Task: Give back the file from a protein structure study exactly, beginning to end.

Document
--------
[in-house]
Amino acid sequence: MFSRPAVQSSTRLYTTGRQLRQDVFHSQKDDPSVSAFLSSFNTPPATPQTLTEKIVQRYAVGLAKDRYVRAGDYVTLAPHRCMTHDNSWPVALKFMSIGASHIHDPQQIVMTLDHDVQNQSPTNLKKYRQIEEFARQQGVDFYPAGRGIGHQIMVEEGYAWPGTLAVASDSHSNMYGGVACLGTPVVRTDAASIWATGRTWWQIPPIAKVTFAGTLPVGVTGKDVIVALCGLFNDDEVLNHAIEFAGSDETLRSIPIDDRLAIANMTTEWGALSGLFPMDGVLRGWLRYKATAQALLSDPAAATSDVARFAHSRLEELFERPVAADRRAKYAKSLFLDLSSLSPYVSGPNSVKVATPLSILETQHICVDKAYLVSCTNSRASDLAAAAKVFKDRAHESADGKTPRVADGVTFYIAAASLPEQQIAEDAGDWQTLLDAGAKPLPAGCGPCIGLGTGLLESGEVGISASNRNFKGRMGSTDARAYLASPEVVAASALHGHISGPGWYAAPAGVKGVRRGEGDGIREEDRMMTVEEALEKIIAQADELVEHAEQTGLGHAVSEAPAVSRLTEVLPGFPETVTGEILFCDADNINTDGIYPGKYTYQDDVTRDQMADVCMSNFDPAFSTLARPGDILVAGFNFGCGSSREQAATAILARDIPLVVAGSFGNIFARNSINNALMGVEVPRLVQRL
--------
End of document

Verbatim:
[in-house]
Amino acid sequence: MFSRPAVQSSTRLYTTGRQLRQDVFHSQKDDPSVSAFLSSFNTPPATPQTLTEKIVQRYAVGLAKDRYVRAGDYVTLAPHRCMTHDNSWPVALKFMSIGASHIHDPQQIVMTLDHDVQNQSPTNLKKYRQIEEFARQQGVDFYPAGRGIGHQIMVEEGYAWPGTLAVASDSHSNMYGGVACLGTPVVRTDAASIWATGRTWWQIPPIAKVTFAGTLPVGVTGKDVIVALCGLFNDDEVLNHAIEFAGSDETLRSIPIDDRLAIANMTTEWGALSGLFPMDGVLRGWLRYKATAQALLSDPAAATSDVARFAHSRLEELFERPVAADRRAKYAKSLFLDLSSLSPYVSGPNSVKVATPLSILETQHICVDKAYLVSCTNSRASDLAAAAKVFKDRAHESADGKTPRVADGVTFYIAAASLPEQQIAEDAGDWQTLLDAGAKPLPAGCGPCIGLGTGLLESGEVGISASNRNFKGRMGSTDARAYLASPEVVAASALHGHISGPGWYAAPAGVKGVRRGEGDGIREEDRMMTVEEALEKIIAQADELVEHAEQTGLGHAVSEAPAVSRLTEVLPGFPETVTGEILFCDADNINTDGIYPGKYTYQDDVTRDQMADVCMSNFDPAFSTLARPGDILVAGFNFGCGSSREQAATAILARDIPLVVAGSFGNIFARNSINNALMGVEVPRLVQRL